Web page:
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Ravenswood, Updated
By Jim Clarke
May 8, 2018
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Big changes at a winery always induce worry in fans; will the core of what makes the wines special change? The two most common changes that bring about this hand-wringing are new ownership and new winemakers.  Sonoma’s Ravenswood winery went through the former in 2001, apparently a relatively painless process as founder and winemaker Joel Peterson stayed on board.

As of 2015, however, Peterson is pulling back, concentrating on his own project, “Once and Future;” Ravenswood is undergoing another transition.  Gary Sitton has taken over; given his long experience with the winery, the process, as expressed in the glass, seems to have gone smoothly.

Sitton worked at Ravenswood from 1999 to 2007 before leaving for stints at Blackstone and Clos du Bois.  Now he has returned, taking on a double role at Ravenswood as both Director of Winemaking and General Manager.  2015 was his first full vintage with the winery in his new role.

Ravenswood makes several tiers of wines; the real test lies in the single vineyard wines, perhaps the most characterful and age-worthy wines in the portfolio.  As personal as Peterson’s relationship with those vineyards seemed, Sitton’s experience has kept the wines on track.  My notes on the 2015s are by-and-large consistent with older vintages; here are several from a recent tasting of the 2015s:

Big River Zinfandel 2015:  Sitton calls this a “quintessential California old vine vineyard,” with plantings going back to the 1890s.  Located 300 ft. above the Alexander Valley floor, an oxbow of the Russian River surrounds the vineyard on three sides.  This is not an over-extracted, dense Zinfandel; red fruits, especially cherry and strawberry, dominate, and on the palate the tannins are light and well integrated.  It’s full-bodied, well-poised and threading its way between lush exuberance and a more structured, powerful expression.  The result overall is elegant and even fresh despite its weight.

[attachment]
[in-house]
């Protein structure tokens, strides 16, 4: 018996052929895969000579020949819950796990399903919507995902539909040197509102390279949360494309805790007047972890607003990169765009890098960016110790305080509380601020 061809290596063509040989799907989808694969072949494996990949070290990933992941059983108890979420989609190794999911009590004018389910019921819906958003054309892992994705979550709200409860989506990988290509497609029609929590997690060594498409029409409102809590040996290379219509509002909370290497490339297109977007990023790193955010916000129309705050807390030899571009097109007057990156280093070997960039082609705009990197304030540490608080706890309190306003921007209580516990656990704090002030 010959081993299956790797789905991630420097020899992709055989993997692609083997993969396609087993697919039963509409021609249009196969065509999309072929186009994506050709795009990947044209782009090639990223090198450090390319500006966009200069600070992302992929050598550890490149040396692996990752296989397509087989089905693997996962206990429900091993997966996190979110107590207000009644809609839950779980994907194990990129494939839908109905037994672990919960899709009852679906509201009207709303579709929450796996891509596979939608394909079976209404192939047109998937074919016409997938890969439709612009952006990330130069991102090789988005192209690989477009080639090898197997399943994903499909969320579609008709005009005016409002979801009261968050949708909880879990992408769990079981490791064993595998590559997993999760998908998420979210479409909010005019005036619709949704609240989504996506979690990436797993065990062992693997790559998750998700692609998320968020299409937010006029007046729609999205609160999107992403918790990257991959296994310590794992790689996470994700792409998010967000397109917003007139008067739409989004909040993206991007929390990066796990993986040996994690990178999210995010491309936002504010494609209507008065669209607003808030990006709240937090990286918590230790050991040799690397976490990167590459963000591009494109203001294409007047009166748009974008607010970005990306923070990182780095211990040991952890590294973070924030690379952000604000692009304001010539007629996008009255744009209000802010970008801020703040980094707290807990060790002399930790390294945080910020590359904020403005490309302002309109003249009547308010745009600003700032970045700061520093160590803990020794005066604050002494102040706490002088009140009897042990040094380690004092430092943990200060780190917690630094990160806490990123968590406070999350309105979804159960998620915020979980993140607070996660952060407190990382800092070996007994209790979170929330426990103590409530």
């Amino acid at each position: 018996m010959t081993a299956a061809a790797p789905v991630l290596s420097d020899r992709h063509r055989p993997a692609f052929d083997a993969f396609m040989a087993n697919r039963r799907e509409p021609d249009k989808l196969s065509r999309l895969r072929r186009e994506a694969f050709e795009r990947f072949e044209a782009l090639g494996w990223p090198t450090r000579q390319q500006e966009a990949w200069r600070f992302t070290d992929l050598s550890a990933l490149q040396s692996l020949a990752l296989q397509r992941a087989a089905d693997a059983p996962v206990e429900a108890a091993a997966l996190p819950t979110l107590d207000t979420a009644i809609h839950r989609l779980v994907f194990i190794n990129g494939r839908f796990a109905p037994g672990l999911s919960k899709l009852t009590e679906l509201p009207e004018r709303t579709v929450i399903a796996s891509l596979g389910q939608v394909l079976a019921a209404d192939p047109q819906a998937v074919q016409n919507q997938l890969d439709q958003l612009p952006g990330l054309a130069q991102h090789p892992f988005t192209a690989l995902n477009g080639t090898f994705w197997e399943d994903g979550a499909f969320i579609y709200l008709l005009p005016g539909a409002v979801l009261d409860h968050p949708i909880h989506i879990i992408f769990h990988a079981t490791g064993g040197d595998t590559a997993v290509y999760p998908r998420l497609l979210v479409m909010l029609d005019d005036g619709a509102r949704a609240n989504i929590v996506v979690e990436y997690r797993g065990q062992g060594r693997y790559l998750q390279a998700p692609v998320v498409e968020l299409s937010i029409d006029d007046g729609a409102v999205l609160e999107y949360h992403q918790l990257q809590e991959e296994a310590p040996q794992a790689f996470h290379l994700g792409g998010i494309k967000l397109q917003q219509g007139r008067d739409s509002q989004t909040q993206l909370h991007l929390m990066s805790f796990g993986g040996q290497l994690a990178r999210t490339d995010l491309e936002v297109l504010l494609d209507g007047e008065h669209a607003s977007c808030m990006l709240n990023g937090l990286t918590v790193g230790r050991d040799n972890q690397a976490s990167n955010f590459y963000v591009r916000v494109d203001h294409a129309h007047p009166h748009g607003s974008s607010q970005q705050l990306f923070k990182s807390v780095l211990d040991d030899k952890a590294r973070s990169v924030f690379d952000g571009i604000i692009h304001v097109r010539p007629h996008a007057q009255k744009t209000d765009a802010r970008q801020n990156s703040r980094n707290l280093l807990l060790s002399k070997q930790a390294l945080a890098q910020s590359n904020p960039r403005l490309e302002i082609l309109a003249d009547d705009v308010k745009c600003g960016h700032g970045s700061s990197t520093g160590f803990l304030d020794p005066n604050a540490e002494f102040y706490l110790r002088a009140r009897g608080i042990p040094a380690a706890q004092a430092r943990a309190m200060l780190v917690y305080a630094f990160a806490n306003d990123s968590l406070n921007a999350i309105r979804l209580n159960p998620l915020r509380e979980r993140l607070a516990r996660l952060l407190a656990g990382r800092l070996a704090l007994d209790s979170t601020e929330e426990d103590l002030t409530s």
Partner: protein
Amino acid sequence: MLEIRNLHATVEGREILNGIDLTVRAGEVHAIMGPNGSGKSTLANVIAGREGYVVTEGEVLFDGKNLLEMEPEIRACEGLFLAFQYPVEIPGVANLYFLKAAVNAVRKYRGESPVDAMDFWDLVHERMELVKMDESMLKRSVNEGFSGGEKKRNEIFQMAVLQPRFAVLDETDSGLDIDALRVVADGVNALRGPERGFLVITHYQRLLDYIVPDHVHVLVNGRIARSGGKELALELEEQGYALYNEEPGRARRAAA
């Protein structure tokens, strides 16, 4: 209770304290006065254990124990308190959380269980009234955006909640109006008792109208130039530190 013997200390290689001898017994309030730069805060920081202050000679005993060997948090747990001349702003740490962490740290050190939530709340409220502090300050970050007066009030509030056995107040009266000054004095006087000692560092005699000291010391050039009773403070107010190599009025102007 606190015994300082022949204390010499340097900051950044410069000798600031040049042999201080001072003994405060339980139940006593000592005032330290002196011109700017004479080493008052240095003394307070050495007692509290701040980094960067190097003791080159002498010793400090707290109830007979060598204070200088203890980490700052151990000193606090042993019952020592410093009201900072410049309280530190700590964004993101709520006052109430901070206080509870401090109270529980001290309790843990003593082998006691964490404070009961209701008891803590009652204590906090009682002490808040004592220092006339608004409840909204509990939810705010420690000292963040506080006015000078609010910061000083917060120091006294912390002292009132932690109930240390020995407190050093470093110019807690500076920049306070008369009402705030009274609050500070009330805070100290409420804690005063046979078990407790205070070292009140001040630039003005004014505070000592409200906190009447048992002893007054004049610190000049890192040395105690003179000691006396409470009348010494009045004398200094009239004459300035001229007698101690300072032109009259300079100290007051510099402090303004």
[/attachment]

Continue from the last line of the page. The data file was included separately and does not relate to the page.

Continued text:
Belloni Vineyard 2015:  Belloni is a field blend, not an outright Zinfandel; the vineyard contains Alicante, Carignan, and Petite Sirah as well.  Dark and blue fruits dominate, with blueberry, boysenberry aromas as well as hints of baking spice and white pepper.  It’s well structured; with firmer, more intense tannins than the Big River. 

Old Hill 2015:  The Old Hill Vineyard is owned by the Bucklin family, who also make a single-vineyard wine from it.  Planted in the 1880s, it’s believed to be the first post-phylloxera planting in Sonoma.  The mix of grapes makes Belloni look like tame, as Old Hill contains almost thirty different varieties, again in a mixed planting.  The wine is more structured and Old World in its expression.  It’s closed right now and needs some time in the bottle, but there are some dark fruit aromas and an underlying minerality showing through at this point.

I tasted this alongside the 2007 from the same vineyard.  If that wine is any indication, classic “Zinny” raspberry and licorice notes will emerge from the 2015 in a few years, but not at the cost of its graphite mineral character.  The 2007 also has plenty of room for development, too; it’s safe to assume the 2015 will show similar ageability. 

Teldeschi 2015:  Located in a warmer site in Dry Creek, Teldeschi Vineyard’s plantings date back to the early 1900s.  It contains the same varieties as the Belloni Vineyard, but unlike Belloni and Old Hill was planted in blocks, rather than as a field blend.  The different varieties are vinified separately and only blended after fermentation and aging.  Perhaps this accounts for its complexity; the wine shows a mix of strawberry, raspberry liqueur, licorice, and pencil lead.  The wine is full and round, with ripe, well-integrated tannins.